Flash Is Hot Right Now, But There’s More to It Than Just High-Speed Storage

Arthur Cole
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Five Best Practices for Disk Drive Storage Decisions

Some interesting maneuvers in the solid-state storage market have taken place over the past month or so, collectively highlighting the fact that the technology still has a lot of room for growth in the enterprise and that its impact will be felt in several key ways.

The first move came from SanDisk, which put up more than $300 million in cash and other goodies for Smart Storage, a developer of SATA- and SAS-based SSD technology. The company will be folded into SanDisk’s Enterprise Storage Solutions unit, which will headed up by former Smart Storage President John Scaramuzzo, with an eye toward spearheading the company’s efforts to improve endurance and reliability of Nand Flash products.

And earlier this week, Western Digital ponied up $685 million for Virident Systems, a developer of server-side Flash solutions such as the FlashMax II that scales up to 2.2 TB and the FlashMax Connect software that enables shared server-side tiering capabilities. The company will be housed within Western Digital’s HGST subsidiary, which itself is the product of the buyout of Hitachi’s Flash storage division in 2011. The idea is to put enterprise-class SSD knowledge and technology into HGST’s line-up in order to better position the unit to capitalize on the growing demand for high-speed storage in the data center.


Demand for Flash solutions is likely to increase now that high-speed interfaces are starting to hit the channel. PMC recently unveiled the Adaptec Series 8, a 12Gbps SAS adapter that provides more than 700,000 4k random read IOPS, which is a 60 percent jump over today’s 6Gbps solutions. The system is available in various low-profile internal/external port configurations, as well as a back-up module, and provides backward compatibility to existing 6G infrastructures using either SSD or HDD storage. And with the company’s existing lines of I/O protocol controllers, RAID-on-Chip controllers, SAS expanders and other devices, PMC now boasts an end-to-end 12G SAS architecture.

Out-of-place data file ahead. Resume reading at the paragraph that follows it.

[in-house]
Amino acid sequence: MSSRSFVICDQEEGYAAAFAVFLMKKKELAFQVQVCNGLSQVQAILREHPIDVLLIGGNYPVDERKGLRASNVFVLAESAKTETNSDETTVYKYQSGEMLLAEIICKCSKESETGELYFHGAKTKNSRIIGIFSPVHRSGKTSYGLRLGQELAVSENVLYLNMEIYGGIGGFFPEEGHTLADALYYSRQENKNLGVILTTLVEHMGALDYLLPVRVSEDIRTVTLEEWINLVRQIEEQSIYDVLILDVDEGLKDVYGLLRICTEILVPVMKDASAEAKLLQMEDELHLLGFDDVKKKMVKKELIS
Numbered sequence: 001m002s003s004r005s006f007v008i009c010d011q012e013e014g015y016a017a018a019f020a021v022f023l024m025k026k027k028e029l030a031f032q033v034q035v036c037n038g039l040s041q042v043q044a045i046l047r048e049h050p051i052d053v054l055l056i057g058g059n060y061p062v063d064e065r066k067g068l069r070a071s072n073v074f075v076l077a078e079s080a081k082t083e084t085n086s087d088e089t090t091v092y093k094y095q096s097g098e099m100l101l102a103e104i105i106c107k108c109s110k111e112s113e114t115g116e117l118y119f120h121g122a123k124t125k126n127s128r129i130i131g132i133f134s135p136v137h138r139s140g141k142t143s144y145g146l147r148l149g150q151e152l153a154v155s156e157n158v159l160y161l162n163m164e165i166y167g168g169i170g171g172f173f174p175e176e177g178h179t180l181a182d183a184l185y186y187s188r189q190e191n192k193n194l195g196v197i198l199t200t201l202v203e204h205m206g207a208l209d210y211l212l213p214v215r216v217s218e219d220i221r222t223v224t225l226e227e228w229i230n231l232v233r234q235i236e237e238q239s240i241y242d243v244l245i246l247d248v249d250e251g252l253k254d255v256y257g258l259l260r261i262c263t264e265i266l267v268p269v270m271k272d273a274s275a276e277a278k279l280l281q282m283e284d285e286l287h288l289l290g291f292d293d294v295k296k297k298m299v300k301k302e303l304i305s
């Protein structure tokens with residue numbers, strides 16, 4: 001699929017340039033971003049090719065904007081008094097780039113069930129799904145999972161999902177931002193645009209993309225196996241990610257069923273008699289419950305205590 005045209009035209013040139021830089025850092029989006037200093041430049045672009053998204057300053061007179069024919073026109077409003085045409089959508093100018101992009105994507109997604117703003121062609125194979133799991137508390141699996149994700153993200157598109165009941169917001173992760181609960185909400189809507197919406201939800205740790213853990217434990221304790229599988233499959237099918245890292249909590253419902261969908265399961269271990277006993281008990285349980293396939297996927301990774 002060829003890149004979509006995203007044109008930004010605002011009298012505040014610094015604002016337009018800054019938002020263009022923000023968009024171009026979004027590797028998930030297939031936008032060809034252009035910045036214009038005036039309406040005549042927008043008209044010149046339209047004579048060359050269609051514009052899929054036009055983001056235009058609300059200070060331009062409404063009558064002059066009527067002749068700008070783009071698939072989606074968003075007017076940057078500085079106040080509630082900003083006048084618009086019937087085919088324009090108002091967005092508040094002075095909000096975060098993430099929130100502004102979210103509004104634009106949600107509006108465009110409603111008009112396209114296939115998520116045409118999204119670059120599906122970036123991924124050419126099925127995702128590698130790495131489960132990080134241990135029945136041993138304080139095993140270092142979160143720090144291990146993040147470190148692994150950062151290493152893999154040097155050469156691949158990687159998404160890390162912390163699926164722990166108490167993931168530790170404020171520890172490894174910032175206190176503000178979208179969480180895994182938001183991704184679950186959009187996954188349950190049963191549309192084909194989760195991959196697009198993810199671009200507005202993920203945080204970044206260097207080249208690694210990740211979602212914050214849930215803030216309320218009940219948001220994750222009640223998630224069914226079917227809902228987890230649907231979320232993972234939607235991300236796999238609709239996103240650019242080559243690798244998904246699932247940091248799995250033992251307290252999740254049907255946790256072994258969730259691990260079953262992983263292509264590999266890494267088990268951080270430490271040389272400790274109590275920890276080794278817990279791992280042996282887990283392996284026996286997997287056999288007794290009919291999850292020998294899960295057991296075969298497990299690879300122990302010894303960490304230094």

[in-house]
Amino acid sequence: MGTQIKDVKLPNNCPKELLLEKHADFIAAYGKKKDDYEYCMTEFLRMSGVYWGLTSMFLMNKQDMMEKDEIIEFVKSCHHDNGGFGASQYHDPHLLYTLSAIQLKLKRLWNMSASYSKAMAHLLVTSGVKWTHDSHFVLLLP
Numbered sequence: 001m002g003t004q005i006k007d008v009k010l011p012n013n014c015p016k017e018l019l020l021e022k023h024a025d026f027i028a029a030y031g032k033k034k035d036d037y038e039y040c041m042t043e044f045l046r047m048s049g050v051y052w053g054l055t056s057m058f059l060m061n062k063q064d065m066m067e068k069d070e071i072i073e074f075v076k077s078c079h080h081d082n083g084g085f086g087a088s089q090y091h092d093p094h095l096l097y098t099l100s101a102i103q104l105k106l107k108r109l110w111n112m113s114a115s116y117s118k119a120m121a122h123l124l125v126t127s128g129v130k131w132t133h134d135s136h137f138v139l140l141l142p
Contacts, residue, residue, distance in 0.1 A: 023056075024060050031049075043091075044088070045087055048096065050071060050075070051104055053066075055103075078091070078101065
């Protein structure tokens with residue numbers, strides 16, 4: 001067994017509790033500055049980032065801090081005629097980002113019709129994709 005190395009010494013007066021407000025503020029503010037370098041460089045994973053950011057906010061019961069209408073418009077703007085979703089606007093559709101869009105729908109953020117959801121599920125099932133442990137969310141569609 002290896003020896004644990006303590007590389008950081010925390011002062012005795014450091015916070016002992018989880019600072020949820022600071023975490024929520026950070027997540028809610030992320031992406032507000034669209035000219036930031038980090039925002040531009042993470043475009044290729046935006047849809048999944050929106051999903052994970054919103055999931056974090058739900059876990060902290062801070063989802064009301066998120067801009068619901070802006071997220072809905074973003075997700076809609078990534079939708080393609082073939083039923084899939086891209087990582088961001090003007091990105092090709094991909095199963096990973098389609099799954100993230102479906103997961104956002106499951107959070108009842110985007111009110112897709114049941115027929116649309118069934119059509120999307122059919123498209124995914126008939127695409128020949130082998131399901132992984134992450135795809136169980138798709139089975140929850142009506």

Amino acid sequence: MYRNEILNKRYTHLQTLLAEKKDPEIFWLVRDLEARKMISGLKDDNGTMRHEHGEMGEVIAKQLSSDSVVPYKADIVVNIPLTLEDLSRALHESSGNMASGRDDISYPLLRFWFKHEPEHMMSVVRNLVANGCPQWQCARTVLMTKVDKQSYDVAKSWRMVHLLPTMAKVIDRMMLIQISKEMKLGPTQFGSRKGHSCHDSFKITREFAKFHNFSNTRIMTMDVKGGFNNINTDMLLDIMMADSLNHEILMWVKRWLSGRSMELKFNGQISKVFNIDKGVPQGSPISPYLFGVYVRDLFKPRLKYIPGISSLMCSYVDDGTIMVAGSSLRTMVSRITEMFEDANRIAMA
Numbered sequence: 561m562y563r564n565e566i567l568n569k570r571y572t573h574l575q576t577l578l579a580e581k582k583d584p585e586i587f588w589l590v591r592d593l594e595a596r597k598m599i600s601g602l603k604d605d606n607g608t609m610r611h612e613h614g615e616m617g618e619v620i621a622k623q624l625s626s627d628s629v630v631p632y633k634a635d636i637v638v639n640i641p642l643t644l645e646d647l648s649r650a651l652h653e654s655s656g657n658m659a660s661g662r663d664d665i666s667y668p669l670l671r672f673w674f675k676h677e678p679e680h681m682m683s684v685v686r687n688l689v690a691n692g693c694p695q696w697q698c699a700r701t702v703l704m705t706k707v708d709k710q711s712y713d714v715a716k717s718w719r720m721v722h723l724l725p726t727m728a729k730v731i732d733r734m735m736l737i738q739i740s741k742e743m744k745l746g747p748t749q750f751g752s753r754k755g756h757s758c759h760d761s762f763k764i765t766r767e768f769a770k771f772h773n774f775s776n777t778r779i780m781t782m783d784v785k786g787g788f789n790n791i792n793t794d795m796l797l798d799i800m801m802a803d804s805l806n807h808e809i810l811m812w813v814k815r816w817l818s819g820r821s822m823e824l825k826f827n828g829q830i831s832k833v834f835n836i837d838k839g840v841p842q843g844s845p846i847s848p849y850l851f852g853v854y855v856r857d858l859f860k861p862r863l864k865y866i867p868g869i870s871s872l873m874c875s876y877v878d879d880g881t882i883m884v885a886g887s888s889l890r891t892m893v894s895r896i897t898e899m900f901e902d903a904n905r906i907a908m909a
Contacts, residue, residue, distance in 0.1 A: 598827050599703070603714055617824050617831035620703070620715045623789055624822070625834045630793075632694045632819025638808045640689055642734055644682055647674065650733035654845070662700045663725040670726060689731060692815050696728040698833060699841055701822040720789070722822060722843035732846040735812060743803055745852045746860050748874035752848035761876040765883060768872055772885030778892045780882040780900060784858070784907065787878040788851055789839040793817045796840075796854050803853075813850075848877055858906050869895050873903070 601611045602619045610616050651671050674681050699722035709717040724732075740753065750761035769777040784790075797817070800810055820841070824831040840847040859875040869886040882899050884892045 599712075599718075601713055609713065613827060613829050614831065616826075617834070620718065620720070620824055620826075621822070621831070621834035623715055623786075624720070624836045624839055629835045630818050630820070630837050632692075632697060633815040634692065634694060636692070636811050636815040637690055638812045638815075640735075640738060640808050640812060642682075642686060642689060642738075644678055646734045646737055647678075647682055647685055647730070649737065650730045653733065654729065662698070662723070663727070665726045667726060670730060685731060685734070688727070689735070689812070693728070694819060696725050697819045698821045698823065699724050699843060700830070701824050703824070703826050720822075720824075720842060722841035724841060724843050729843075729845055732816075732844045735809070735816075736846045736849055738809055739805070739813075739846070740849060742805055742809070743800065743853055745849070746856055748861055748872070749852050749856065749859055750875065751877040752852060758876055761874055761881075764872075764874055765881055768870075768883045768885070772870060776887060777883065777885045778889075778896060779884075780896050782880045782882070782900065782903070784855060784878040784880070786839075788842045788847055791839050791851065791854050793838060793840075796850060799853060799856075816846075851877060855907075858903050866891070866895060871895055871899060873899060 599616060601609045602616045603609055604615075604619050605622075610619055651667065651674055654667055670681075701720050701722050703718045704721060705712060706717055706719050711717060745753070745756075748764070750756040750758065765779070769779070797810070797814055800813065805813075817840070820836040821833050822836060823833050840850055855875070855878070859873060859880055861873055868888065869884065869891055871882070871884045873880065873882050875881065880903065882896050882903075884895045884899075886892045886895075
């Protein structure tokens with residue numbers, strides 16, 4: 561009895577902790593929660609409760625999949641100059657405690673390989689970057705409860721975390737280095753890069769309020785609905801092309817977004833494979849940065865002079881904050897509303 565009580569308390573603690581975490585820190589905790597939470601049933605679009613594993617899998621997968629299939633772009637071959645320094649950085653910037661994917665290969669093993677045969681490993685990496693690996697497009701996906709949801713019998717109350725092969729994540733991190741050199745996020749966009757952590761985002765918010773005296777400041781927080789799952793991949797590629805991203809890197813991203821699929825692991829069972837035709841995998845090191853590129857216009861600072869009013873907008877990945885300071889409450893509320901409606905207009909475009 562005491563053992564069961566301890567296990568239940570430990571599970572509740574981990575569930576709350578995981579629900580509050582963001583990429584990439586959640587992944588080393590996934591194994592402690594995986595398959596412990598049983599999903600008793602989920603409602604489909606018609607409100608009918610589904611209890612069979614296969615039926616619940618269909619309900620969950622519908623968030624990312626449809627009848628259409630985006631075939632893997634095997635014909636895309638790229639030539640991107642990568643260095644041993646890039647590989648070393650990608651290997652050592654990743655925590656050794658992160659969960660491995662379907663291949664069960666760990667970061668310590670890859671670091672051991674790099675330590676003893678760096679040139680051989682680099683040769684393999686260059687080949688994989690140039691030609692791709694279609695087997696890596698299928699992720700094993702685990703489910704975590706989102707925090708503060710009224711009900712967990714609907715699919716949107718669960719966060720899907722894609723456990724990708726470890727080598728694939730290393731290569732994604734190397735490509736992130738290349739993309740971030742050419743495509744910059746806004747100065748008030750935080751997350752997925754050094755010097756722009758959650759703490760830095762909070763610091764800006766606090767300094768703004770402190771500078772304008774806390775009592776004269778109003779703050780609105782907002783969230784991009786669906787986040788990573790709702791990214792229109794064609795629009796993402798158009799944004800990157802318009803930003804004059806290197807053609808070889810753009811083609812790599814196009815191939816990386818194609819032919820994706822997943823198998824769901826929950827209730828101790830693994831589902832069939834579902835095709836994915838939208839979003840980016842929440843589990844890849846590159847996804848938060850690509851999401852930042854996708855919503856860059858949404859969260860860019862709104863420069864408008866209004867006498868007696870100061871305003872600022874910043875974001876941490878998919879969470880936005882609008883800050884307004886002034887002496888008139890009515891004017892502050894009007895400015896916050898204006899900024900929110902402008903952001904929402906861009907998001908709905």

But probably the most interesting development in the solid-state storage space of late is Cisco’s decision to acquire Whiptail, known for the Accela and Invicta flash storage arrays that scale up to 360TB. With a networking company like Cisco now in control of serious high-speed storage capacity, the momentum behind converged, modular infrastructure is likely to hit full stride over the next year or so. Whiptail will become part of Cisco’s Computing Systems Product group, which is tasked with bringing together compute, networking and storage platforms as unified, highly scalable, data-handling modules. As more computing loads wind up on the cloud, the need for massive scale-out infrastructure is likely to increase, and a traditional networking company like Cisco needs an all-in-one solution to accommodate cloud providers looking to duplicate the Amazon/Google model.

To say that Flash is hot in the enterprise right now is something of a misnomer. Flash is hot only to the extent that it supports high-density, scale-out infrastructure in general, particularly for large enterprises looking to leverage legacy systems for new private and hybrid cloud architectures. Storage companies will probably see a fairly brisk business over the next few years helping the enterprise add server-side Flash and high-speed tiering technology as they transition to the cloud, but the real action is likely to be in modular systems that allow for rapid deployment and simplified management of physical-layer infrastructure.

Cloud providers in particular are desperate to scale up and out in a hurry, and they don’t want to bother with all the complexity that comes with traditional data center architectures.



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